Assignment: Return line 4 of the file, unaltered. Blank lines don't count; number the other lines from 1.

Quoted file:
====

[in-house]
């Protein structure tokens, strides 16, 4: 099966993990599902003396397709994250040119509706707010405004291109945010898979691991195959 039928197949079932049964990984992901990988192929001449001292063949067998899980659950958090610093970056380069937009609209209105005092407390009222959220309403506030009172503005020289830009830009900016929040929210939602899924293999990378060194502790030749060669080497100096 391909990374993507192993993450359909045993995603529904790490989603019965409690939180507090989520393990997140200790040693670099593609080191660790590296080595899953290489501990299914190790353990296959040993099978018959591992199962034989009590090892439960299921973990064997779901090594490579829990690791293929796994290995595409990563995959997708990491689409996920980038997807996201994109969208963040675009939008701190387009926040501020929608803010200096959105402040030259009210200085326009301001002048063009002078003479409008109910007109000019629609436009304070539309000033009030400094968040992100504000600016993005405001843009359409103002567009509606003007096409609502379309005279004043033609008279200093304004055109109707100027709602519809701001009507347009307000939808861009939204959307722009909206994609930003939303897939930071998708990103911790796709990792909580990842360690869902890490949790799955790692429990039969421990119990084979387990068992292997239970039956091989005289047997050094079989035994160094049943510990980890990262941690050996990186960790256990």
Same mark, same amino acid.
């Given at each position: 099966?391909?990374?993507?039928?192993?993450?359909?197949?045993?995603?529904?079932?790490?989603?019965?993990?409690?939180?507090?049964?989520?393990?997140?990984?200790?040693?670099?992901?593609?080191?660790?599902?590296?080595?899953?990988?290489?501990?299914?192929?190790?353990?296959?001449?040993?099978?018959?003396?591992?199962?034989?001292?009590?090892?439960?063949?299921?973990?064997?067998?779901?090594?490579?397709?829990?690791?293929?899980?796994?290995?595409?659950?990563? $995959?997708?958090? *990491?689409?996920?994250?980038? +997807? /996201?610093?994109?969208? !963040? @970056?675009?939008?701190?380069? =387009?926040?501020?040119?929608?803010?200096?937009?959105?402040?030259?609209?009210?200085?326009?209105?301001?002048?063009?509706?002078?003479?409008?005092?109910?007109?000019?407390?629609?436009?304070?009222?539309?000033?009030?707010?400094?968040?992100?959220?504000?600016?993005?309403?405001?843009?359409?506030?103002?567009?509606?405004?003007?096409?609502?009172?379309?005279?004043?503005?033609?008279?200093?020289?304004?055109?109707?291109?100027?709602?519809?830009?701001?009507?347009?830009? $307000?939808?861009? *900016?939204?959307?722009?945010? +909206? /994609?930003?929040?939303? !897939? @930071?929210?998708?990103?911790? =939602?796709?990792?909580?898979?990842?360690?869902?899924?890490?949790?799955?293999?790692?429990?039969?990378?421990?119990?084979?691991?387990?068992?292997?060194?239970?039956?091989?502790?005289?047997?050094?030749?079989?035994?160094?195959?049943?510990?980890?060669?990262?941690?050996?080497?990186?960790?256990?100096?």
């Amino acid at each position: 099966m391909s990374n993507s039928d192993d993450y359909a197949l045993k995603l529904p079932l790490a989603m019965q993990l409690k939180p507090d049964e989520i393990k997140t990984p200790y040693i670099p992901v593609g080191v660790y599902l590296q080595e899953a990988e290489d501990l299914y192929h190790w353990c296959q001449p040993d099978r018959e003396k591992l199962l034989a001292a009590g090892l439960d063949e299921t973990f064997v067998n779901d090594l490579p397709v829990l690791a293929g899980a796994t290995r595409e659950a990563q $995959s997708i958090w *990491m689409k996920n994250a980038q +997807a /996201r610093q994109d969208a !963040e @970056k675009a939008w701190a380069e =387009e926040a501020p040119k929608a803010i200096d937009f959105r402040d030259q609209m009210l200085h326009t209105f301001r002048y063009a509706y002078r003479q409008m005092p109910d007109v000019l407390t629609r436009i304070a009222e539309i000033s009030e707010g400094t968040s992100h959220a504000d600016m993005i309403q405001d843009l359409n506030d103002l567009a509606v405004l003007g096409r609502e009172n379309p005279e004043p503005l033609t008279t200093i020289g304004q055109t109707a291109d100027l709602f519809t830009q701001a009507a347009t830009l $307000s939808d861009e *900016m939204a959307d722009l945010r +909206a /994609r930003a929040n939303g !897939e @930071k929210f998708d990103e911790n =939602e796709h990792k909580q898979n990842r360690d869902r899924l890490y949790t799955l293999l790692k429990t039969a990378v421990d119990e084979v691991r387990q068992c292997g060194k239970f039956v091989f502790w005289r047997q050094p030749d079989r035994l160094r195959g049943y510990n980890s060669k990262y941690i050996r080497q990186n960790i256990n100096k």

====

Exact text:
């Given at each position: 099966?391909?990374?993507?039928?192993?993450?359909?197949?045993?995603?529904?079932?790490?989603?019965?993990?409690?939180?507090?049964?989520?393990?997140?990984?200790?040693?670099?992901?593609?080191?660790?599902?590296?080595?899953?990988?290489?501990?299914?192929?190790?353990?296959?001449?040993?099978?018959?003396?591992?199962?034989?001292?009590?090892?439960?063949?299921?973990?064997?067998?779901?090594?490579?397709?829990?690791?293929?899980?796994?290995?595409?659950?990563? $995959?997708?958090? *990491?689409?996920?994250?980038? +997807? /996201?610093?994109?969208? !963040? @970056?675009?939008?701190?380069? =387009?926040?501020?040119?929608?803010?200096?937009?959105?402040?030259?609209?009210?200085?326009?209105?301001?002048?063009?509706?002078?003479?409008?005092?109910?007109?000019?407390?629609?436009?304070?009222?539309?000033?009030?707010?400094?968040?992100?959220?504000?600016?993005?309403?405001?843009?359409?506030?103002?567009?509606?405004?003007?096409?609502?009172?379309?005279?004043?503005?033609?008279?200093?020289?304004?055109?109707?291109?100027?709602?519809?830009?701001?009507?347009?830009? $307000?939808?861009? *900016?939204?959307?722009?945010? +909206? /994609?930003?929040?939303? !897939? @930071?929210?998708?990103?911790? =939602?796709?990792?909580?898979?990842?360690?869902?899924?890490?949790?799955?293999?790692?429990?039969?990378?421990?119990?084979?691991?387990?068992?292997?060194?239970?039956?091989?502790?005289?047997?050094?030749?079989?035994?160094?195959?049943?510990?980890?060669?990262?941690?050996?080497?990186?960790?256990?100096?």